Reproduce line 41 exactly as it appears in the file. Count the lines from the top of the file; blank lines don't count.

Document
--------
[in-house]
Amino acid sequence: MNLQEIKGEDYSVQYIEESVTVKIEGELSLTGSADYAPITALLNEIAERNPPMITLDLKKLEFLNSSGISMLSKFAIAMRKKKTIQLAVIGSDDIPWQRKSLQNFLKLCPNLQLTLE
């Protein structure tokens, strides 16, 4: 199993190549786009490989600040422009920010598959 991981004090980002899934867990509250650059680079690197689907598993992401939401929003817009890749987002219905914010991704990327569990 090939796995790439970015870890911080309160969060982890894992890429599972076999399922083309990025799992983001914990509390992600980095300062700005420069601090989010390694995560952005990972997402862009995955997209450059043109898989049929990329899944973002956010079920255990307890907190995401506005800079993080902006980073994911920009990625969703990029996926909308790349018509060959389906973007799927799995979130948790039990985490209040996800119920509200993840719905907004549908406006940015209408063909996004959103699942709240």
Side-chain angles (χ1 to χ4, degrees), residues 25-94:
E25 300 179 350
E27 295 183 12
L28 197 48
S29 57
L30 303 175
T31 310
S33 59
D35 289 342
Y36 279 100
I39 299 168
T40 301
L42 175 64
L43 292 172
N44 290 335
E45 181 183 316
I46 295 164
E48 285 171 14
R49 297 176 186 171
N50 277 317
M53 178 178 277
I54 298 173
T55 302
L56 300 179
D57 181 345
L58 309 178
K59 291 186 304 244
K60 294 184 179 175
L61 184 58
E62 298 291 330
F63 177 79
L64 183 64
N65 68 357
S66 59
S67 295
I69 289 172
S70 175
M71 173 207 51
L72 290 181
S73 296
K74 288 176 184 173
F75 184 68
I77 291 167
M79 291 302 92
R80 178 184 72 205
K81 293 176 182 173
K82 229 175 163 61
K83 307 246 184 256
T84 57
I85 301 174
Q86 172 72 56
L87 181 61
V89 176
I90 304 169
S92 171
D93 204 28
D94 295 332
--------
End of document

M71 173 207 51